Communication is key to teamwork, and where is it wanted more than in a professional kitchen? Chefs let Phorum Dalal in on their secret cookhouse vocabulary
Pass (n) It is the counter where the servers give orders to the chef who passes it on to the kitchen staff
Illustration / Uday Mohite
86(adj) If you hear a chef across a counter shout, 'French fries 86', don't wonder why a customer would request for 86 fry sticks. It's a code that demotes that, for the day, fries are over.
Line (n) This where the cooking range is. The chefs on duty are line chefs
Fire! (v) This is said when the dish is ready for pick up, from the counter and to the table. Sometimes, it can also mean, start cooking.
On the fly (v) This refers to speed, and means the chef needs a dish rustled up ASAP
Hot behind/ back (v) That's what chefs will shout on repeat to warn others that a hot plate is arriving and you are in the way. Watch out.
Stretch it (v) The show must go on, with or without an ingredient. In layman's terms, it refers to a white lie since no harm was done.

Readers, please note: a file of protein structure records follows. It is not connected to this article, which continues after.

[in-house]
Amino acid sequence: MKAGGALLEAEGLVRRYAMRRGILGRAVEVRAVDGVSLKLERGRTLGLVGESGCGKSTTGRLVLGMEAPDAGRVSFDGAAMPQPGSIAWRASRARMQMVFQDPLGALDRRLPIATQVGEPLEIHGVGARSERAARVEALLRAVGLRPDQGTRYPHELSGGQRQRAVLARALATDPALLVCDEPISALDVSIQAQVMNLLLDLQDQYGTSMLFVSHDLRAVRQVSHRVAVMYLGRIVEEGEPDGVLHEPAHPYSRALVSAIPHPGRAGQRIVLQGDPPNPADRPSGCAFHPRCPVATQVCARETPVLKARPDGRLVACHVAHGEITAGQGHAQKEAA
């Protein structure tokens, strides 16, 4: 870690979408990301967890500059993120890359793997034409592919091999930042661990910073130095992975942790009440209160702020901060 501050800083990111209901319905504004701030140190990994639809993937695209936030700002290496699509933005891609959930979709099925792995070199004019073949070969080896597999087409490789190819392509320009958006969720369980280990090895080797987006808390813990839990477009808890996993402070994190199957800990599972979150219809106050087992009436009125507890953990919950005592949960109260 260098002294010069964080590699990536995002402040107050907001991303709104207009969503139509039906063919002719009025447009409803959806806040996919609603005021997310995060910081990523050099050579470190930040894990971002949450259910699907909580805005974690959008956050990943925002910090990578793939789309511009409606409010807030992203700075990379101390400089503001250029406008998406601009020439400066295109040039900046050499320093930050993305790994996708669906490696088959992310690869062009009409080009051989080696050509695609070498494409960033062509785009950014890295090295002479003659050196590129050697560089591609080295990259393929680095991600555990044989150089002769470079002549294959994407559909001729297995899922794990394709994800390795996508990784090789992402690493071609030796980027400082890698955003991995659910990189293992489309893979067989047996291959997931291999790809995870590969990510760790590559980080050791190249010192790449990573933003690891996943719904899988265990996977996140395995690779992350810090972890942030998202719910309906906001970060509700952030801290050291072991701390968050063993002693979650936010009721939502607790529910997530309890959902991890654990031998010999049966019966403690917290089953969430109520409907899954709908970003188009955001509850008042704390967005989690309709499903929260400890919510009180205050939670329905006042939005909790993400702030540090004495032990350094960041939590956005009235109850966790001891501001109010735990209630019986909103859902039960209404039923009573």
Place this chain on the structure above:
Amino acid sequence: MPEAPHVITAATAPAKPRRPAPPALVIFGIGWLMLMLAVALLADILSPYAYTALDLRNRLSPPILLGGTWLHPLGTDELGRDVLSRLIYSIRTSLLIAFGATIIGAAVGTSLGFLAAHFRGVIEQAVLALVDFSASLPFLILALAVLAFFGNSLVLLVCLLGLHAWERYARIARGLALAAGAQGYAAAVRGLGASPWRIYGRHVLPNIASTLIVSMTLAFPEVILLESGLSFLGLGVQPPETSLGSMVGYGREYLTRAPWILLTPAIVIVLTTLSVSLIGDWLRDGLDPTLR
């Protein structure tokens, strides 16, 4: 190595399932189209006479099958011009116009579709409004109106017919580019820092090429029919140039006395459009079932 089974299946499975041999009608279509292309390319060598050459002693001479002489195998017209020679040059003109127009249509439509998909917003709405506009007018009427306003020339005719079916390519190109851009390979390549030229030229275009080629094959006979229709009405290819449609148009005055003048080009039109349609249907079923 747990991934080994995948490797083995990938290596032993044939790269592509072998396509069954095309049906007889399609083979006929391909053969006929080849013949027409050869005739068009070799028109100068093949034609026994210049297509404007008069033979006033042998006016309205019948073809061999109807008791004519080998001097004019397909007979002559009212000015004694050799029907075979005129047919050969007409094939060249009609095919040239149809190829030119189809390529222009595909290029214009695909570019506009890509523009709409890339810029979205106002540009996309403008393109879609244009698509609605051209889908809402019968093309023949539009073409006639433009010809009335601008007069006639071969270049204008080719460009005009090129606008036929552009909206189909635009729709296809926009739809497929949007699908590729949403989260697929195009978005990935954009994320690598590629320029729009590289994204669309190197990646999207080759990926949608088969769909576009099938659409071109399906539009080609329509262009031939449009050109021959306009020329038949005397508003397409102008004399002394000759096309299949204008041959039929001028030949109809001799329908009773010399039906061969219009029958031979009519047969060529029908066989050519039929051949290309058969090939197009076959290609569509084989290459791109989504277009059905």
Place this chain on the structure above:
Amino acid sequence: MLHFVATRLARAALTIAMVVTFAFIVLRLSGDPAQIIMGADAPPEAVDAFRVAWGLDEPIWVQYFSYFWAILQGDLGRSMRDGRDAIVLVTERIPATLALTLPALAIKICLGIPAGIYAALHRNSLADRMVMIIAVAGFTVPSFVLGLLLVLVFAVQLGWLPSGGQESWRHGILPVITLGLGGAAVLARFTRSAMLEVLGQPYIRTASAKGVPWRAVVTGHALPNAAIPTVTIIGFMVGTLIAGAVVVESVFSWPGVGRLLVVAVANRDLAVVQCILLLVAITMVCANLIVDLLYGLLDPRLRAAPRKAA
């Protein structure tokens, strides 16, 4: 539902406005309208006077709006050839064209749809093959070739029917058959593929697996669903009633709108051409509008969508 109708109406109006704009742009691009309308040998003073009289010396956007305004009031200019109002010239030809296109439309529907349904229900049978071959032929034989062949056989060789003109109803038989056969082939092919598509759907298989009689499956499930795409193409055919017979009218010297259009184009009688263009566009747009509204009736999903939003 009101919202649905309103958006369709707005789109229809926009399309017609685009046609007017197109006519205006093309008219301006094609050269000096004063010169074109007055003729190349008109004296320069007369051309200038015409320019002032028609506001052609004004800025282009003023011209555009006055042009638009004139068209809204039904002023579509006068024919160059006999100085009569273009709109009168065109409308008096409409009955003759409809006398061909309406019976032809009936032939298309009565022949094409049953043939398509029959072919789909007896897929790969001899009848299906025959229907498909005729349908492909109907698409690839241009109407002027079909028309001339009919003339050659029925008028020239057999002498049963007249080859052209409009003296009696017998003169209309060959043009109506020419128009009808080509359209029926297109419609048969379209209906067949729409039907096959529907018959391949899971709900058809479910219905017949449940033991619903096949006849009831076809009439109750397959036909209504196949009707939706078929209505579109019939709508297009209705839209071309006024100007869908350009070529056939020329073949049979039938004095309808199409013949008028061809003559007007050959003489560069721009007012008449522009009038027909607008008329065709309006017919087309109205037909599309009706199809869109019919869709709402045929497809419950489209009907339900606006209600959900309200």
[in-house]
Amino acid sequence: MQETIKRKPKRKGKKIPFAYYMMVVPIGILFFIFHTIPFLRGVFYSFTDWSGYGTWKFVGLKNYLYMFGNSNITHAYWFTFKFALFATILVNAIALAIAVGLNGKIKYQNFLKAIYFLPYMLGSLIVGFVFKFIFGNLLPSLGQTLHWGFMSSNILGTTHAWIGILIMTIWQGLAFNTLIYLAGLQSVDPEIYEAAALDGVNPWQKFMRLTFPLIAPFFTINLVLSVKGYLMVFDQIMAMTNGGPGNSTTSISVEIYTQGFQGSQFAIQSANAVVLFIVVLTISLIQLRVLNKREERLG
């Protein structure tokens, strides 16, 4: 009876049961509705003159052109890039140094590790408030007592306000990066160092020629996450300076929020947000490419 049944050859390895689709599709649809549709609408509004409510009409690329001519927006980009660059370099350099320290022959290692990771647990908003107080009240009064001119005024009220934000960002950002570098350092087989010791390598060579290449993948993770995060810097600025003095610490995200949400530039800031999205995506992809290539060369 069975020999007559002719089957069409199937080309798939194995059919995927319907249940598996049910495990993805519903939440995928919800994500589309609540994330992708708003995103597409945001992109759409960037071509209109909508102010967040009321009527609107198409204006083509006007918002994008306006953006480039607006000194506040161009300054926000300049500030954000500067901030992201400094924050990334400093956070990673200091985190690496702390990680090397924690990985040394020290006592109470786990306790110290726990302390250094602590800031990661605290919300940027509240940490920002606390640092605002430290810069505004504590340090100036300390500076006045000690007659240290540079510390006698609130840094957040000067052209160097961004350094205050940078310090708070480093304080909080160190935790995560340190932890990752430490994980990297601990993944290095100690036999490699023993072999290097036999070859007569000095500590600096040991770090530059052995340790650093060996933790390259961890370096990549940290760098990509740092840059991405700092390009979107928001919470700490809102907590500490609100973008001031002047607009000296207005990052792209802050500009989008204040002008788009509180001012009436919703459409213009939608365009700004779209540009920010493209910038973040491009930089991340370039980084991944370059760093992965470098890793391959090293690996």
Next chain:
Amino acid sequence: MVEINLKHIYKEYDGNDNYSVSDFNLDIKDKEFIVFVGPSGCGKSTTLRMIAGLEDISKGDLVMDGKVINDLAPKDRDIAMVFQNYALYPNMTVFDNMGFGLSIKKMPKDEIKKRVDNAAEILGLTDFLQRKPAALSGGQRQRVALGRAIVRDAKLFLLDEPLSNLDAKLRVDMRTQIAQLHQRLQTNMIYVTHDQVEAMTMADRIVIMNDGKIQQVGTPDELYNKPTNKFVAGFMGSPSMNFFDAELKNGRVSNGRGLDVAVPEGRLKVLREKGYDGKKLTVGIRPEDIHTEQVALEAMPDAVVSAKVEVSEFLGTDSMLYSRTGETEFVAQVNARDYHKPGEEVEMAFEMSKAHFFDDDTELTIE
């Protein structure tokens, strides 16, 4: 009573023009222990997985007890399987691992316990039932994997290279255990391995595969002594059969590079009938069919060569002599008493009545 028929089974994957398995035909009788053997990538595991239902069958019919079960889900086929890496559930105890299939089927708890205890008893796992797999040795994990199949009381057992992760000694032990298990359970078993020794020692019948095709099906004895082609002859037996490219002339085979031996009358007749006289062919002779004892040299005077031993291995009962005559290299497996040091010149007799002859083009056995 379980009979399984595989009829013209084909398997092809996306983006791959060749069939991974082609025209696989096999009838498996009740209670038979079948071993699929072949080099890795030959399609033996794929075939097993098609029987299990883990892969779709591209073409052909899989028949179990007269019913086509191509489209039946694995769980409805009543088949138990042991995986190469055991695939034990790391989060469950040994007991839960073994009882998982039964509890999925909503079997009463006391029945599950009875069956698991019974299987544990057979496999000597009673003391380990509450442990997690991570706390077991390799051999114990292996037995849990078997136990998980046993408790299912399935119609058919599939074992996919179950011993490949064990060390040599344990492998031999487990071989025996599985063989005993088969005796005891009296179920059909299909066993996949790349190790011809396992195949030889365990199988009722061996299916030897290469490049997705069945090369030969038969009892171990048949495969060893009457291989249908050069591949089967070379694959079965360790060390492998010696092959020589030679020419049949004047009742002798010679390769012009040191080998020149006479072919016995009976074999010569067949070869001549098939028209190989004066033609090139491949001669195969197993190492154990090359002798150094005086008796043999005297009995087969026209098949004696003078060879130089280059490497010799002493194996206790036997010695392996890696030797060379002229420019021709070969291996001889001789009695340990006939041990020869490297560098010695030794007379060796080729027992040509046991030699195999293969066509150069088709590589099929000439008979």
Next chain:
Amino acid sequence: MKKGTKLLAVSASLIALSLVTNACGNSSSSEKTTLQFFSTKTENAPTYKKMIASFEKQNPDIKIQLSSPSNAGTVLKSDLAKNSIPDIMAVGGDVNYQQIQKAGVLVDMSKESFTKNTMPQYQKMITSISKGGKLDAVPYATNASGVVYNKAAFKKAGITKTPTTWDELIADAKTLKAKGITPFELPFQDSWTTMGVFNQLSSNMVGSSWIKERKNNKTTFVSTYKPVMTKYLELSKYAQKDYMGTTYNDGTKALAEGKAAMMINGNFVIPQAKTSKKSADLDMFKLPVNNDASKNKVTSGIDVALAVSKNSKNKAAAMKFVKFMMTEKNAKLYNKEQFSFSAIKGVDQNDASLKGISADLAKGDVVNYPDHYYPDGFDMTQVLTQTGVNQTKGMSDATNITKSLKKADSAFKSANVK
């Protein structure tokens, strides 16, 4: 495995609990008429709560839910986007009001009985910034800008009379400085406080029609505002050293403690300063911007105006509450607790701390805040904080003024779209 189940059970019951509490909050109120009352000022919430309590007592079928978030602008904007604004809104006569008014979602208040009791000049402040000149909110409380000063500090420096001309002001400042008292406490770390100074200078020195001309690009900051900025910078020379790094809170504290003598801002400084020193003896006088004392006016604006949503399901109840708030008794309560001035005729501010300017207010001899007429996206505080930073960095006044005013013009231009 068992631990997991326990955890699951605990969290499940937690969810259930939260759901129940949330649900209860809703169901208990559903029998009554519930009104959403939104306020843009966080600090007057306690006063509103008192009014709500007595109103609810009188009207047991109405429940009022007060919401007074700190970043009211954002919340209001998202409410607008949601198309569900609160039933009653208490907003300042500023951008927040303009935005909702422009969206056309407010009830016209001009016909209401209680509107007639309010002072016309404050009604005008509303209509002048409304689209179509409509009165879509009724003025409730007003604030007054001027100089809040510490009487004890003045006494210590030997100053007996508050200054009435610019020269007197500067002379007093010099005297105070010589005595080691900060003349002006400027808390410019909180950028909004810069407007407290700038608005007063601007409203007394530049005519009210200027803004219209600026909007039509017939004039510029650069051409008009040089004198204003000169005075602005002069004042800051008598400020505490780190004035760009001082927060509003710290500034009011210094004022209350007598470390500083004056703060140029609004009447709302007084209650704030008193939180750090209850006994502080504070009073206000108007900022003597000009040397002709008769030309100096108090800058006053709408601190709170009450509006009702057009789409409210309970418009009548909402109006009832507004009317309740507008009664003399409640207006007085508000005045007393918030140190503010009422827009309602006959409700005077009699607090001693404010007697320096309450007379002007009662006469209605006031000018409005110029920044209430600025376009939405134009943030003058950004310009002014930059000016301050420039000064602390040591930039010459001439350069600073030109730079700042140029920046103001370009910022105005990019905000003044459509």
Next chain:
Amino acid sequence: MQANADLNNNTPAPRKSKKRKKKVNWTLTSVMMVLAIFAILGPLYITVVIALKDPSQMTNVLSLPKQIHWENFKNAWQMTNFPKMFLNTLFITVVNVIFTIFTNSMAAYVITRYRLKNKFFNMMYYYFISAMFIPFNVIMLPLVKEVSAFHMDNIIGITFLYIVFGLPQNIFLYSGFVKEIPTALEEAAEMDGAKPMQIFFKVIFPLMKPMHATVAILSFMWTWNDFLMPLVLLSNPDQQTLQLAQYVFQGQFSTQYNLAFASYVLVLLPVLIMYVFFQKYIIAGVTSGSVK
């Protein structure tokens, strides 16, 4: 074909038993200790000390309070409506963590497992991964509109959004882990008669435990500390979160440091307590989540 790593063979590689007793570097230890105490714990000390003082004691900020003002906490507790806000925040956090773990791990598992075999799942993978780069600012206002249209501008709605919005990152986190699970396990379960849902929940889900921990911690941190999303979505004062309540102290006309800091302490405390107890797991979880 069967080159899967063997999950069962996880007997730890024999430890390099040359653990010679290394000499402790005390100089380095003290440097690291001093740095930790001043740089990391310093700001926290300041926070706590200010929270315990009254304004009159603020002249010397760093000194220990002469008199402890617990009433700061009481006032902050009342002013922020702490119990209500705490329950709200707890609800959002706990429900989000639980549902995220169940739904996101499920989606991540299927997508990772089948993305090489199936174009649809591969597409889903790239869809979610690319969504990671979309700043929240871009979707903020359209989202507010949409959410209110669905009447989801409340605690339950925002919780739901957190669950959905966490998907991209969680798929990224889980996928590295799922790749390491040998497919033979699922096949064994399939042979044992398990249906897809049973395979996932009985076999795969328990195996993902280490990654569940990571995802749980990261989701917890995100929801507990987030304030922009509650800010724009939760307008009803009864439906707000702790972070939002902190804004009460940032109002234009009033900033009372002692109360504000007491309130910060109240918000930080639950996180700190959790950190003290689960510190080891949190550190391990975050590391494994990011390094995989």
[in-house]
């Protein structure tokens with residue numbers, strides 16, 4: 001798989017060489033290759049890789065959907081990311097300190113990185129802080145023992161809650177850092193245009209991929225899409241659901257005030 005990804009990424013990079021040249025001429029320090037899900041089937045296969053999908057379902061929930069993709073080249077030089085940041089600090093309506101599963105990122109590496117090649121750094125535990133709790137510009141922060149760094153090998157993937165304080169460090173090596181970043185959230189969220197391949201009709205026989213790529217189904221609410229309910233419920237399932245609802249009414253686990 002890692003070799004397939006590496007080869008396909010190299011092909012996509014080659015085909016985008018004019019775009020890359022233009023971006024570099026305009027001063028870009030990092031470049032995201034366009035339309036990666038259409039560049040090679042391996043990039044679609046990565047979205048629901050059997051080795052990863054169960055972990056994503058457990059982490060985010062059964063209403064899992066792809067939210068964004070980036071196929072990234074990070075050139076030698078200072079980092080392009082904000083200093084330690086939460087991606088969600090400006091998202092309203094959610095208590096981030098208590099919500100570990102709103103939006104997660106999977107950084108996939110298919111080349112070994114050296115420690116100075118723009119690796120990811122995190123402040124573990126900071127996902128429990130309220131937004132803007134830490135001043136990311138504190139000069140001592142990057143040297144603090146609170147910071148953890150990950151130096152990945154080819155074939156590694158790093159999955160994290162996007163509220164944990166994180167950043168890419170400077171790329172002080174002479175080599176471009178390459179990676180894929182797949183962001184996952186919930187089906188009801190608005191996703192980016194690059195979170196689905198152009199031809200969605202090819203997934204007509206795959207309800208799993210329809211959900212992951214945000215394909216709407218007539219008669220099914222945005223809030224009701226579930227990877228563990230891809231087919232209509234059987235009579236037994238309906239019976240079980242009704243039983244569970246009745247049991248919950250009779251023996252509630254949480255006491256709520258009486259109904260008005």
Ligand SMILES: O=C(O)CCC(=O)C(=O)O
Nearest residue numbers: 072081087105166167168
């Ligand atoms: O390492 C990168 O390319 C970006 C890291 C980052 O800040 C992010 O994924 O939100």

All day(n) Refers to a dish that should be available all day, and the kitchen cannot/should not run out of it.
GBD (adj) It's an acronym for the three rules of frying and searing — golden, brown and delicious.
Bhassad (n) A Hindi term for a large number of guests, a messy kitchen and too many orders
Round ho gaya (adj) Even a chef can have a bad day. Used when a s/he goes blank in the mind
Machad (v) An order has been mixed up
Phuntru Refers to garnishing, like placing a chocolate cigar or adding a tuile. Derived from the term 'full through', which means to finish a job on a plate and have it ready for pick up
Pushpinder It's simply 'fish fingers' the way someone not proficient in English would say it
Mise en place (pronounced MEEZ ahn plahs) (n) It's a French phrase that refers to the preparation of dishes and keeping ingredients ready